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Greek Default: Why Now May Be Best Time to Do It
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Greek Default: Why Now May Be Best Time to Do It

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Eurozone crisis live: German investor group recommends rejecting Greek debt deal | Business | guardian.co.uk


Eurozone crisis live: German investor group recommends rejecting Greek debt deal


Deutsche Schutzvereinigung für Wertpapierbesitz just released a statement advising private creditors holding short-term debt that they should not swap their existing securities for new long-term Greek bonds.

DSW argued that investors would be better advised to sit tight. Why? Becuase if the overall take-up of the offer comes in above 90%, their debt would probably be paid off at face value, meaning they avoid the haircut.

If, though, the PSI take-up is between 75% and 90% then a mandatory exchange will be triggered (so investors would be no worse off than if they'd taken part voluntarily).

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Last edited by GridKing; March 5th, 2012 at 09:42 AM.
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Goldman Secret Greece Loan Shows Sinners

Goldman Secret Greece Loan Shows Sinners - Bloomberg

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20% ?


Greek Debt Private Investors Join Swap - Bloomberg

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Analysts said the Institute of International Finance February 18 document, marked "IIF Staff Note: Confidential" may have been designed to alarm investors into participating in the exchange.

"There are some very important and damaging ramifications that would result from a disorderly default on Greek government debt," the IIF said in a document obtained by Reuters.

"It is difficult to add all these contingent liabilities up with any degree of precision, although it is hard to see how they would not exceed 1 trillion euros."


Bondholder group sees 1 trillion euro Greek default risk | Reuters

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Greek Finance Minister Evangelos Venizelos warned Athens' private creditors on Monday not to hold out but take the bond swap on which a second bailout of the debt-ridden country depends because it was the best deal they would get.

"Whoever thinks that they will hold out and be paid in full, is mistaken," he said. "We are ready to activate CACs (collective action clause to enforce losses) if needed," he said.

Greek finance minister tells bondholders swap offer is final | Reuters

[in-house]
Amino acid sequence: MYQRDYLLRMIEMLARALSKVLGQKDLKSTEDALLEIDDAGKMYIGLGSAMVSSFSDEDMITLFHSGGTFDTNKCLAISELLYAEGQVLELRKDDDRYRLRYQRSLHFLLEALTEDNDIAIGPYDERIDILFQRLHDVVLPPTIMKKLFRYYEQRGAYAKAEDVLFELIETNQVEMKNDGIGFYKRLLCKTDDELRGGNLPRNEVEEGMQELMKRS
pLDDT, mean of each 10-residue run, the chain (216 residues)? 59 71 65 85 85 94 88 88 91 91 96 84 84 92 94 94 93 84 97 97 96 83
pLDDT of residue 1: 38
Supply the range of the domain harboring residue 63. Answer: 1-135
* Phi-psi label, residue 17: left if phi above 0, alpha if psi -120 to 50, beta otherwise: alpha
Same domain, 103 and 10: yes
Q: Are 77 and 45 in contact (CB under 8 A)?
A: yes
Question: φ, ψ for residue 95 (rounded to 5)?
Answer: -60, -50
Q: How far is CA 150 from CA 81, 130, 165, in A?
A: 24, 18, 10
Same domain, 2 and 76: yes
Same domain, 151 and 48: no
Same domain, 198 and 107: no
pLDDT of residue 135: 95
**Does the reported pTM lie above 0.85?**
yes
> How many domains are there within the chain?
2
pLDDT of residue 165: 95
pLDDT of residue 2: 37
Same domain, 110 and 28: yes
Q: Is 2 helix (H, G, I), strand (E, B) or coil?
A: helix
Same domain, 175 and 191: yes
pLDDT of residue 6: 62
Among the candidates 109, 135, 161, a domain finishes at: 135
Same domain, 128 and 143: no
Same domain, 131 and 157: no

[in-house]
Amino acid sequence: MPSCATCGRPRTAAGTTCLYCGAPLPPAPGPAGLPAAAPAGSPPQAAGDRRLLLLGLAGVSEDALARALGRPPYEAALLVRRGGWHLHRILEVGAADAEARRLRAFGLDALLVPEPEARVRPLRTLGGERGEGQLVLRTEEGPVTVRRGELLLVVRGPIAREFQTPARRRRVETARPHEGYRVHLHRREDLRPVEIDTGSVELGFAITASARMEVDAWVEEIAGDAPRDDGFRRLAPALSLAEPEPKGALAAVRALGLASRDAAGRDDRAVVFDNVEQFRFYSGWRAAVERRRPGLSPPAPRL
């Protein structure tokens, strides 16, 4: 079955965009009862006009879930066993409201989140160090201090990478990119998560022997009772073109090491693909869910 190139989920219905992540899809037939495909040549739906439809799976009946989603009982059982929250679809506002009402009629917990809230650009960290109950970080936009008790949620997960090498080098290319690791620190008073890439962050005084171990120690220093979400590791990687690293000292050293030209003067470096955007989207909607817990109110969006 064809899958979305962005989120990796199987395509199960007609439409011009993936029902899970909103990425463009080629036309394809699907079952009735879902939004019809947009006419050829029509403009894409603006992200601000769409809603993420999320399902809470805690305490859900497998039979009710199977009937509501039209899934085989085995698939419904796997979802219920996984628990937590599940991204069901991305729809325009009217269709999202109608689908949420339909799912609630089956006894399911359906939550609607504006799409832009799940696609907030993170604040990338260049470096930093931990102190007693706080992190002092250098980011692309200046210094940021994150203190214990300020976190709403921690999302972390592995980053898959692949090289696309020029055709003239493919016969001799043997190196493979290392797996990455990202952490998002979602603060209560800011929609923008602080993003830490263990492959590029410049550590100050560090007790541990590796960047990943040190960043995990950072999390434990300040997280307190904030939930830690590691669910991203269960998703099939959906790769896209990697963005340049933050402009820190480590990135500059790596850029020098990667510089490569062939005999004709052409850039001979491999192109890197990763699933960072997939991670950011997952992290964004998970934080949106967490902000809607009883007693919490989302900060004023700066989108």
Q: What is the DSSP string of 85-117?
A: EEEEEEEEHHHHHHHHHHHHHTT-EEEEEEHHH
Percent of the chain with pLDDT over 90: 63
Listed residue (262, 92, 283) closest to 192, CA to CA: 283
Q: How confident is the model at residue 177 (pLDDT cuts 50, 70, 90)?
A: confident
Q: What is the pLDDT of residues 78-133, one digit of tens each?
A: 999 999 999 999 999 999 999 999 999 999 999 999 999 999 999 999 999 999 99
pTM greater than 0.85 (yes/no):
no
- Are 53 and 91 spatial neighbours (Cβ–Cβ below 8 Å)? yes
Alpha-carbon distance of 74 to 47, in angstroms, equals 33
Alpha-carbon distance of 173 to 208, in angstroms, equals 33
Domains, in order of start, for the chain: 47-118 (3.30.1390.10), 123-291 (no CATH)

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Cash-strapped Greece begins its bid to raise funds… by selling off Corfu

Cash-strapped Greece begins its bid to raise funds¿ by selling off Corfu | Mail Online

Every moment I wake up I realize I know nothing, and then I smile...
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It isn't yet known if Greece's debt restructuring will trigger payouts on insurance-like contracts called credit-default swaps covering the government's debt. But if it does, it will touch off the biggest-ever CDS auction for sovereign bonds and determine how much banks and others will have to pay to settle the swaps.

Billions of dollars are at stake. The net amount of Greek CDS outstanding--after offsetting trades are cancelled out--is $3.2 billion. That is the maximum expected to change hands between CDS buyers and sellers, assuming every party that sold protection will have the cash to meet its obligations. If not, that sum could grow.

The International Swaps and Derivatives Association estimates 93% of all CDS are subject to collateral arrangements, potentially reducing the risks of a messy fallout.

Whatever happens to Greek CDS in the wake of the restructuring is likely to happen quickly. "There are a lot of trades to settle and it's a big event under quite a pressured timetable," said one trader familiar with the preparatory work being done.

If Greece compels investors to accept its proposed debt exchange, in which investors would write off 53.5% of what Greece owes, a market participant can ask the industry committee that arbitrates CDS deals, convened by ISDA, to declare a "credit event." The so-called Determinations Committee for Europe has the final say about whether payouts are warranted.